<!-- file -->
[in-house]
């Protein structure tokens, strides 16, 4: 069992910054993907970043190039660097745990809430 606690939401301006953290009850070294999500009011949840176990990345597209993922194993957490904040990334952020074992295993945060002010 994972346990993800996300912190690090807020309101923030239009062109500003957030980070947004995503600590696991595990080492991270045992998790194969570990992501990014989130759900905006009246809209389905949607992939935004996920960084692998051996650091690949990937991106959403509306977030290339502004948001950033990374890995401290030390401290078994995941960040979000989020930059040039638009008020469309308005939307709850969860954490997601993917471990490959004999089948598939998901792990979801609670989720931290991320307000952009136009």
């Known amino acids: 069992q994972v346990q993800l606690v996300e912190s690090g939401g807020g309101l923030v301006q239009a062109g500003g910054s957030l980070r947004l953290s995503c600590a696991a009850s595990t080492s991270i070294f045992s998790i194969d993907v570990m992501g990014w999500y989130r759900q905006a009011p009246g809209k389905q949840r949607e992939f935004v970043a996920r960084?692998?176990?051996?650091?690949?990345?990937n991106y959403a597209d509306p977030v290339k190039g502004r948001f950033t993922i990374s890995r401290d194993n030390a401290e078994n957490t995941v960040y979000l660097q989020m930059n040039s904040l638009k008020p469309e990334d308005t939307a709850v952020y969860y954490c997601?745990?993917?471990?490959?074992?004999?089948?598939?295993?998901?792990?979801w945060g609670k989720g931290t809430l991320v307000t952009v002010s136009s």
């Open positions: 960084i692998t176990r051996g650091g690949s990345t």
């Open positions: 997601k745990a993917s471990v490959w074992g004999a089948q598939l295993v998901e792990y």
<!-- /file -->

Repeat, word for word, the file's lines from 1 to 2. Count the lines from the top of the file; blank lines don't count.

[in-house]
């Protein structure tokens, strides 16, 4: 069992910054993907970043190039660097745990809430 606690939401301006953290009850070294999500009011949840176990990345597209993922194993957490904040990334952020074992295993945060002010 994972346990993800996300912190690090807020309101923030239009062109500003957030980070947004995503600590696991595990080492991270045992998790194969570990992501990014989130759900905006009246809209389905949607992939935004996920960084692998051996650091690949990937991106959403509306977030290339502004948001950033990374890995401290030390401290078994995941960040979000989020930059040039638009008020469309308005939307709850969860954490997601993917471990490959004999089948598939998901792990979801609670989720931290991320307000952009136009």